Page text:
Sunday, May 26, 2013

Medicaid expansion will leave out many of the poorest: What is wrong with this picture?

In States’ Policies on Health Care Exclude Some of the Poorest, in the New York Times on May 25, 2013, Robert Pear describes how this bizarre situation has come to pass. Basically, it is because the programs established by the Affordable Care Act (ACA) of insurance exchanges and federal subsidies for low-income people, via tax credits, was never the ACA’s plan for the lowest-income Americans. They were supposed to be covered by expansion of the Medicaid program, a federal-state partnership that covers some poor people and varies widely, both in terms of who is covered and what that coverage consists of, from state to state. Recognizing that, coming out of the “Great Recession”, many states were strapped for money, the ACA also included a provision that the first 3 years of the expansion would be paid entirely by the federal government, and that the feds would pay 90% of the cost thereafter.

This, however, was not sufficient inducement for many states to agree to expand Medicaid. They might have if the Supreme Court decision that found the ACA constitutional had not excluded one provision – that, unless the states’ expanded Medicaid they would lose all their current Medicaid funding. The result was the decision in many states to not participate in Medicaid expansion, thus effectively leaving out the mechanism for covering the poorest; tax credits were designed to provide subsidies for those who earned from the poverty level to 4 times the poverty level ($11,490 to $45,960 for a single person) with Medicaid expansion covering those below it. However, many states (virtually all Republican-controlled, although not all those that are Republican controlled) have opted out of this program, leaving those below the poverty level uncovered. The head of the Louisiana Primary Care Association notes that “If the breadwinner in a family of four works full time at a job that pays $14 an hour and the family has no other income, he or she will be eligible for insurance subsidies. But if they make $10 an hour, they will not be eligible for anything.”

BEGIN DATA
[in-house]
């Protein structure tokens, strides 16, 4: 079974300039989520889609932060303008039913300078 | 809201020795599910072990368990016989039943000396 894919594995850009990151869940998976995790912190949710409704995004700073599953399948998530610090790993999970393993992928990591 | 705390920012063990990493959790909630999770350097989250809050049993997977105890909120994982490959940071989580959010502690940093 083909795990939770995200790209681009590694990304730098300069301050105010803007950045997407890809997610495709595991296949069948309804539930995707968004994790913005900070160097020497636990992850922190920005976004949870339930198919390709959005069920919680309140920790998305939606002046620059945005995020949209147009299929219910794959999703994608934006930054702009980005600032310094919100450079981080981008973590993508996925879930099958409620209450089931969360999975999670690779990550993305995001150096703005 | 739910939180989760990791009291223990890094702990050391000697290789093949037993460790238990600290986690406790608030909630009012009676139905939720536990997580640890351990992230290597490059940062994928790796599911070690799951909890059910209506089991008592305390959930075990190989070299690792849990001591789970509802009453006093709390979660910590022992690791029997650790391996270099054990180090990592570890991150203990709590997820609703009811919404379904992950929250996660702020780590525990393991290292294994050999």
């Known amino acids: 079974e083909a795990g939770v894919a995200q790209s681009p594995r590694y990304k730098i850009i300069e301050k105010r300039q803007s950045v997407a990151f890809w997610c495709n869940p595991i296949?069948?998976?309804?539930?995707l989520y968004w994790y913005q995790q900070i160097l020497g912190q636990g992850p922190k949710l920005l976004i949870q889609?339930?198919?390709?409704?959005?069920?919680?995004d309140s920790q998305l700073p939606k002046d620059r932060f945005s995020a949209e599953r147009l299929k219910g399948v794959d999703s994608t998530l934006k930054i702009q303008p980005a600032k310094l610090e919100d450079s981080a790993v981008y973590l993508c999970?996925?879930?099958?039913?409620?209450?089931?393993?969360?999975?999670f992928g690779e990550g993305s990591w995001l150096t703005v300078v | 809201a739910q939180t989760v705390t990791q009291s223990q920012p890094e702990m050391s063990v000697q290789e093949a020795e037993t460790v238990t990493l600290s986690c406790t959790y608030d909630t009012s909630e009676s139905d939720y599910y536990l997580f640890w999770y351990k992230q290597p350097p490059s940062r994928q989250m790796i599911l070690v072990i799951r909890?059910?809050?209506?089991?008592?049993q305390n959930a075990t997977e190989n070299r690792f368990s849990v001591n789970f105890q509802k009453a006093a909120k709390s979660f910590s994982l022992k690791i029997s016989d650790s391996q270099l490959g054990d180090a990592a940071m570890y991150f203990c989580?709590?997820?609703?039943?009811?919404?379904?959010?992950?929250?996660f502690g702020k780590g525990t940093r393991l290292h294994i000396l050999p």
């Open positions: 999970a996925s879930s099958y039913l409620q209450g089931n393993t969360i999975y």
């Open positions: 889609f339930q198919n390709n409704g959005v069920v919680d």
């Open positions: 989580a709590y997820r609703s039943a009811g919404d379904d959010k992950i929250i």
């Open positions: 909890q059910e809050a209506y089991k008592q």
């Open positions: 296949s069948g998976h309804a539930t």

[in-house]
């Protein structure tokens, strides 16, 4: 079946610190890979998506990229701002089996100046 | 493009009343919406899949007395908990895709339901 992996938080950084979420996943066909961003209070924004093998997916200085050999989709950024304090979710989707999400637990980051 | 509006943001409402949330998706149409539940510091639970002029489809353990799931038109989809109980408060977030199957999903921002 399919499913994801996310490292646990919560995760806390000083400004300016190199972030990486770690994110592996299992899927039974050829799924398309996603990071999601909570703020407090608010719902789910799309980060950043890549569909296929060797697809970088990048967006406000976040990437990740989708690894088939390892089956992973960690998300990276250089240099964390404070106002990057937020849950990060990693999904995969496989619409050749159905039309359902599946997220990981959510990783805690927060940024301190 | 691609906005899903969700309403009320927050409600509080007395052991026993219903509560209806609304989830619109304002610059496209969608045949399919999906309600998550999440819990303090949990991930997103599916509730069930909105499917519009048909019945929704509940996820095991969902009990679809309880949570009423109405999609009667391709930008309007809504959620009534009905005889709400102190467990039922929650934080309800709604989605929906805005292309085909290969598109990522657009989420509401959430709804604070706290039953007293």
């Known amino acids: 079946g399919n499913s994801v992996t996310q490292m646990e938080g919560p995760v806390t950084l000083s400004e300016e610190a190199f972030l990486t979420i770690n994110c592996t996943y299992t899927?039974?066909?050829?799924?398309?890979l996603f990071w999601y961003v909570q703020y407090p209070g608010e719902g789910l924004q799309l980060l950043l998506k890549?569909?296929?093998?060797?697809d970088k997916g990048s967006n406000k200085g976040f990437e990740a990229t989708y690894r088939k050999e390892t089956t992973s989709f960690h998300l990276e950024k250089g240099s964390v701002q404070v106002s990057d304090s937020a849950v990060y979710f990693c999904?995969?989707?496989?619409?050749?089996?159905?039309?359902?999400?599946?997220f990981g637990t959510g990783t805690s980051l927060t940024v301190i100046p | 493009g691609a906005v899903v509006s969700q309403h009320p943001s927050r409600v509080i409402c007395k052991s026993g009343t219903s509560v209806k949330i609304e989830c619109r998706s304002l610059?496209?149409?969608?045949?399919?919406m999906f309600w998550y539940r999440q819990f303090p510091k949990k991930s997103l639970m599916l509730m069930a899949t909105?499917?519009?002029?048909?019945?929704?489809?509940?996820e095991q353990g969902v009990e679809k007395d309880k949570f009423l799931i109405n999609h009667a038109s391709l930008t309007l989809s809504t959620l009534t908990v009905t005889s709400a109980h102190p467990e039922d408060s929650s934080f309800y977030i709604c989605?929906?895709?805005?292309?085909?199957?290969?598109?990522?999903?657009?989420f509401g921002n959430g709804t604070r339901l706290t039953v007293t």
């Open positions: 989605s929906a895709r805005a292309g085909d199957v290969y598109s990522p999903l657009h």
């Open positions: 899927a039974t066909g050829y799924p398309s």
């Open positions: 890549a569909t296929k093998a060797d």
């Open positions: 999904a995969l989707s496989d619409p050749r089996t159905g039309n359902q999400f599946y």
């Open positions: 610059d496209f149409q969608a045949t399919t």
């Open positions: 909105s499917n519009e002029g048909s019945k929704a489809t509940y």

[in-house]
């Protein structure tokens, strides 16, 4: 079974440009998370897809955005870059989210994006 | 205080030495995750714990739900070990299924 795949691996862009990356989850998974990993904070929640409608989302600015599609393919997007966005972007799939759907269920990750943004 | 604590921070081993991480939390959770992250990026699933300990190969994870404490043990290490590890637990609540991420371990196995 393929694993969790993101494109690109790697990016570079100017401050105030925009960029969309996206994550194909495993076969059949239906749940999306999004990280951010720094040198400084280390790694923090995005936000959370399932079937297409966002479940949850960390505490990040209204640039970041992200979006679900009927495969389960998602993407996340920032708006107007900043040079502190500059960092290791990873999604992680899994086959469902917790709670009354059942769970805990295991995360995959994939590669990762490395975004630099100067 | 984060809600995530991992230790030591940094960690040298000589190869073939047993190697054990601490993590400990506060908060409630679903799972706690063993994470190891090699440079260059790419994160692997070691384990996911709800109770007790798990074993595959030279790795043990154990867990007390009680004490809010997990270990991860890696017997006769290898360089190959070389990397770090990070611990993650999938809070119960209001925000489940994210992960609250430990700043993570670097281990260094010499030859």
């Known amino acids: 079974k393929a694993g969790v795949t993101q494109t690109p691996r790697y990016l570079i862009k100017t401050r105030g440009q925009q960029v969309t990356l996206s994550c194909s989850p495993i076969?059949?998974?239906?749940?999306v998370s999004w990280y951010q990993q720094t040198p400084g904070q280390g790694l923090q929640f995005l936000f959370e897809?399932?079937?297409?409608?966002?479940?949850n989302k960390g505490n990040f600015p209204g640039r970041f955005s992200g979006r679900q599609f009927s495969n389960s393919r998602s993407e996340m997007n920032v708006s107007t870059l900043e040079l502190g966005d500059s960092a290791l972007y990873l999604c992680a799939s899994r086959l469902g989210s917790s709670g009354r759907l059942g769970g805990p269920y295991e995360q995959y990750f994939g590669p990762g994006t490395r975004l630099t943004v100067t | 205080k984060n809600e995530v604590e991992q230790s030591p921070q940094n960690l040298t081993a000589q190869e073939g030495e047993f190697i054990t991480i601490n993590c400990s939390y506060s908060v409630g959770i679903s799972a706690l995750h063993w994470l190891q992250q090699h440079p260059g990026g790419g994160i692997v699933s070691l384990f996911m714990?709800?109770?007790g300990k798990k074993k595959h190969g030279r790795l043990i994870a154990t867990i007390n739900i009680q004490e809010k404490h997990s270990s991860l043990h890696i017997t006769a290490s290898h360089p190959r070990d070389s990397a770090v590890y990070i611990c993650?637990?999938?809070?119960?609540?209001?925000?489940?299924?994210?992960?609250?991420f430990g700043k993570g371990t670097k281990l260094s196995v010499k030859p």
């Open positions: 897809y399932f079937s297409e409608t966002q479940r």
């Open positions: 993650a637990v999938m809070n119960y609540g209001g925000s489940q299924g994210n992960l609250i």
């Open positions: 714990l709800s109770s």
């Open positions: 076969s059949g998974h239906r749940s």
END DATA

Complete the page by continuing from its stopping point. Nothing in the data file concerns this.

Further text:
While these states may not have more than half the country’s total population, they do, according to the Times, have more than half the uninsured (they include Texas, the nation’s second most populous state, which has an uninsured rate of about 30%, and Florida, the fourth most-populous, whose legislature has decided not to expand Medicaid despite the support of Republican governor Rick Scott for expansion).  “The Congressional Budget Office estimates that 25 million people will gain insurance under the new health care law. Researchers at the Urban Institute estimate that 5.7 million uninsured adults with incomes below the poverty level could also gain coverage except that they live in states that are not expanding Medicaid.”

The state “featured” in Pear’s article is my home state of Kansas, possibly because of the willingness of the state’s insurance commissioner, Sandy Praeger (pictured here with Secretary of Health and Human Services Kathleen Sebelius, who, the Times does not indicate, was formerly Governor of Kansas, and, before that, Praeger’s predecessor as insurance commissioner), to discuss the situation. Kansas, historically not one of the more generous states for Medicaid, “…provides no coverage for able-bodied childless adults. And adults with dependent children are generally ineligible if their income exceeds 32 percent of the poverty level.” Thus, Ms. Praeger said, “In most cases, she said, adults with incomes from 32 percent to 100 percent of the poverty level ($6,250 to $19,530 for a family of three) ‘will have no assistance.’ They will see advertisements promoting new insurance options, but in most cases will not learn that they are ineligible until they apply.” Whoops. Gotta fix that.